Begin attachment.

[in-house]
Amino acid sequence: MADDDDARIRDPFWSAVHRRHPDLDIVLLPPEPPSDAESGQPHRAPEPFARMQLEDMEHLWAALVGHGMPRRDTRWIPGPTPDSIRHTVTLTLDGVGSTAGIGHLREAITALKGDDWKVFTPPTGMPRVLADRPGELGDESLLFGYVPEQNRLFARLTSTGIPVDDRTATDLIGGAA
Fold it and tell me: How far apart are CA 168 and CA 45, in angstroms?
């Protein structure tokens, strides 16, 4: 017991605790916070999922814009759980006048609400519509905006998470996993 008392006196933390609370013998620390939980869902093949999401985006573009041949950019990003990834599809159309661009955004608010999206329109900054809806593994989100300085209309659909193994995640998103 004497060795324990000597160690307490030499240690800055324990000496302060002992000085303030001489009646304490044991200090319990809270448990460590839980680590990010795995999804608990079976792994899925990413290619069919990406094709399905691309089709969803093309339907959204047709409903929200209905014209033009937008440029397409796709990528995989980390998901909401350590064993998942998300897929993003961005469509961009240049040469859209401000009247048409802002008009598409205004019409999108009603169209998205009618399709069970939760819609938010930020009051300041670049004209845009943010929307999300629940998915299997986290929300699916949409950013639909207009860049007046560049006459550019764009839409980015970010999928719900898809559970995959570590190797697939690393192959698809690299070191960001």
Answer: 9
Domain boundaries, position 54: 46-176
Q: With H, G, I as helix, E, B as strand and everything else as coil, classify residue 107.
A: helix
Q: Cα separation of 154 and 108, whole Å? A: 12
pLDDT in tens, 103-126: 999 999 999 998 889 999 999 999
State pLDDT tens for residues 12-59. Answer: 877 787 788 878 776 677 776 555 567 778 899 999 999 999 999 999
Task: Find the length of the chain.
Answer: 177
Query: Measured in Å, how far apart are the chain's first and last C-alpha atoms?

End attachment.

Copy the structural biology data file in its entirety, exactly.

[in-house]
Amino acid sequence: MADDDDARIRDPFWSAVHRRHPDLDIVLLPPEPPSDAESGQPHRAPEPFARMQLEDMEHLWAALVGHGMPRRDTRWIPGPTPDSIRHTVTLTLDGVGSTAGIGHLREAITALKGDDWKVFTPPTGMPRVLADRPGELGDESLLFGYVPEQNRLFARLTSTGIPVDDRTATDLIGGAA
Fold it and tell me: How far apart are CA 168 and CA 45, in angstroms?
């Protein structure tokens, strides 16, 4: 017991605790916070999922814009759980006048609400519509905006998470996993 008392006196933390609370013998620390939980869902093949999401985006573009041949950019990003990834599809159309661009955004608010999206329109900054809806593994989100300085209309659909193994995640998103 004497060795324990000597160690307490030499240690800055324990000496302060002992000085303030001489009646304490044991200090319990809270448990460590839980680590990010795995999804608990079976792994899925990413290619069919990406094709399905691309089709969803093309339907959204047709409903929200209905014209033009937008440029397409796709990528995989980390998901909401350590064993998942998300897929993003961005469509961009240049040469859209401000009247048409802002008009598409205004019409999108009603169209998205009618399709069970939760819609938010930020009051300041670049004209845009943010929307999300629940998915299997986290929300699916949409950013639909207009860049007046560049006459550019764009839409980015970010999928719900898809559970995959570590190797697939690393192959698809690299070191960001």
Answer: 9
Domain boundaries, position 54: 46-176
Q: With H, G, I as helix, E, B as strand and everything else as coil, classify residue 107.
A: helix
Q: Cα separation of 154 and 108, whole Å? A: 12
pLDDT in tens, 103-126: 999 999 999 998 889 999 999 999
State pLDDT tens for residues 12-59. Answer: 877 787 788 878 776 677 776 555 567 778 899 999 999 999 999 999
Task: Find the length of the chain.
Answer: 177
Query: Measured in Å, how far apart are the chain's first and last C-alpha atoms?